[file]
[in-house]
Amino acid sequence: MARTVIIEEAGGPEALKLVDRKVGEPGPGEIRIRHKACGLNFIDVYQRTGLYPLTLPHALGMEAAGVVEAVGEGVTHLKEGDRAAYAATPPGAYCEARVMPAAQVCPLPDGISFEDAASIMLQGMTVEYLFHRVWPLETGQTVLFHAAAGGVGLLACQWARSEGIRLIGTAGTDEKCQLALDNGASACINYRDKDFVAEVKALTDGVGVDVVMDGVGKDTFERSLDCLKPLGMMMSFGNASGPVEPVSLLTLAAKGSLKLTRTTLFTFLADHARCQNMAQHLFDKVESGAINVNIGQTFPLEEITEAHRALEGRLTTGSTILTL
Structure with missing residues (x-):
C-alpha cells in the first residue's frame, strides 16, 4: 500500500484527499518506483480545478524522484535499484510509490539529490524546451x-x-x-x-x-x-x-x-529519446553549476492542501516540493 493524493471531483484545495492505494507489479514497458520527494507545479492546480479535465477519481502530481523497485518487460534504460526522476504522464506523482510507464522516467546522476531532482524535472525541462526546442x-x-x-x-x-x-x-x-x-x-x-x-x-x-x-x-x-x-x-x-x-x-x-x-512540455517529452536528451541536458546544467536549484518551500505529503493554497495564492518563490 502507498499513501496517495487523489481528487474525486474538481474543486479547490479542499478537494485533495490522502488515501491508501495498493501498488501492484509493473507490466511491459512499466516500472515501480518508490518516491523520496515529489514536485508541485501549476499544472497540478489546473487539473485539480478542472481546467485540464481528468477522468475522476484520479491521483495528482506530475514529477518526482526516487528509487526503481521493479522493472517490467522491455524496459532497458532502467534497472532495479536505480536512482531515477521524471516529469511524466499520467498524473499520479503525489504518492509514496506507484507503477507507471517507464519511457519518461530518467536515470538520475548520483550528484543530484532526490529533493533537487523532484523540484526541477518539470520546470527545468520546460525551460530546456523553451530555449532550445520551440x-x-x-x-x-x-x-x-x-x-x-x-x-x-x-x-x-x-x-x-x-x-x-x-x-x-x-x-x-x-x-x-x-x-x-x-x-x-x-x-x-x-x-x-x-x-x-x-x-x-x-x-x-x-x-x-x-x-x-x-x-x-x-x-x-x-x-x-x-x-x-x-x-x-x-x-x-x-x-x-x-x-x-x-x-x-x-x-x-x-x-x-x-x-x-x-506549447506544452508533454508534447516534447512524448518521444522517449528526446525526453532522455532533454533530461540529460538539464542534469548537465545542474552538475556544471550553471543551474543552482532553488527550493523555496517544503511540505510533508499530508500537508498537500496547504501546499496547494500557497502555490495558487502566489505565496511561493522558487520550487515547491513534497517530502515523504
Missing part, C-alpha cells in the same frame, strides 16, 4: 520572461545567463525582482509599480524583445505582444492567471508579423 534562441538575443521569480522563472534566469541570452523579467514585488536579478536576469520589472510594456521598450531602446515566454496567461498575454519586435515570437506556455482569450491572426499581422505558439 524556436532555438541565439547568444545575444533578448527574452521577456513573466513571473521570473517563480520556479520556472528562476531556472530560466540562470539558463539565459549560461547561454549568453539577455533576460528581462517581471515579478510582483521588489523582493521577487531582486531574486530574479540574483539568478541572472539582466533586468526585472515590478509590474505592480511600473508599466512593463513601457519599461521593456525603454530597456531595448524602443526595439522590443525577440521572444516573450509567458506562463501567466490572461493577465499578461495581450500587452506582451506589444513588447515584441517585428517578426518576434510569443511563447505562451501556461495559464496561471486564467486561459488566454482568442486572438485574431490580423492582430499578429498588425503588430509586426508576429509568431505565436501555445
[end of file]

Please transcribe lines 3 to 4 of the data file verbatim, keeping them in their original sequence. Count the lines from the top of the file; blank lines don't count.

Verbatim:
Structure with missing residues (x-):
C-alpha cells in the first residue's frame, strides 16, 4: 500500500484527499518506483480545478524522484535499484510509490539529490524546451x-x-x-x-x-x-x-x-529519446553549476492542501516540493 493524493471531483484545495492505494507489479514497458520527494507545479492546480479535465477519481502530481523497485518487460534504460526522476504522464506523482510507464522516467546522476531532482524535472525541462526546442x-x-x-x-x-x-x-x-x-x-x-x-x-x-x-x-x-x-x-x-x-x-x-x-512540455517529452536528451541536458546544467536549484518551500505529503493554497495564492518563490 502507498499513501496517495487523489481528487474525486474538481474543486479547490479542499478537494485533495490522502488515501491508501495498493501498488501492484509493473507490466511491459512499466516500472515501480518508490518516491523520496515529489514536485508541485501549476499544472497540478489546473487539473485539480478542472481546467485540464481528468477522468475522476484520479491521483495528482506530475514529477518526482526516487528509487526503481521493479522493472517490467522491455524496459532497458532502467534497472532495479536505480536512482531515477521524471516529469511524466499520467498524473499520479503525489504518492509514496506507484507503477507507471517507464519511457519518461530518467536515470538520475548520483550528484543530484532526490529533493533537487523532484523540484526541477518539470520546470527545468520546460525551460530546456523553451530555449532550445520551440x-x-x-x-x-x-x-x-x-x-x-x-x-x-x-x-x-x-x-x-x-x-x-x-x-x-x-x-x-x-x-x-x-x-x-x-x-x-x-x-x-x-x-x-x-x-x-x-x-x-x-x-x-x-x-x-x-x-x-x-x-x-x-x-x-x-x-x-x-x-x-x-x-x-x-x-x-x-x-x-x-x-x-x-x-x-x-x-x-x-x-x-x-x-x-x-506549447506544452508533454508534447516534447512524448518521444522517449528526446525526453532522455532533454533530461540529460538539464542534469548537465545542474552538475556544471550553471543551474543552482532553488527550493523555496517544503511540505510533508499530508500537508498537500496547504501546499496547494500557497502555490495558487502566489505565496511561493522558487520550487515547491513534497517530502515523504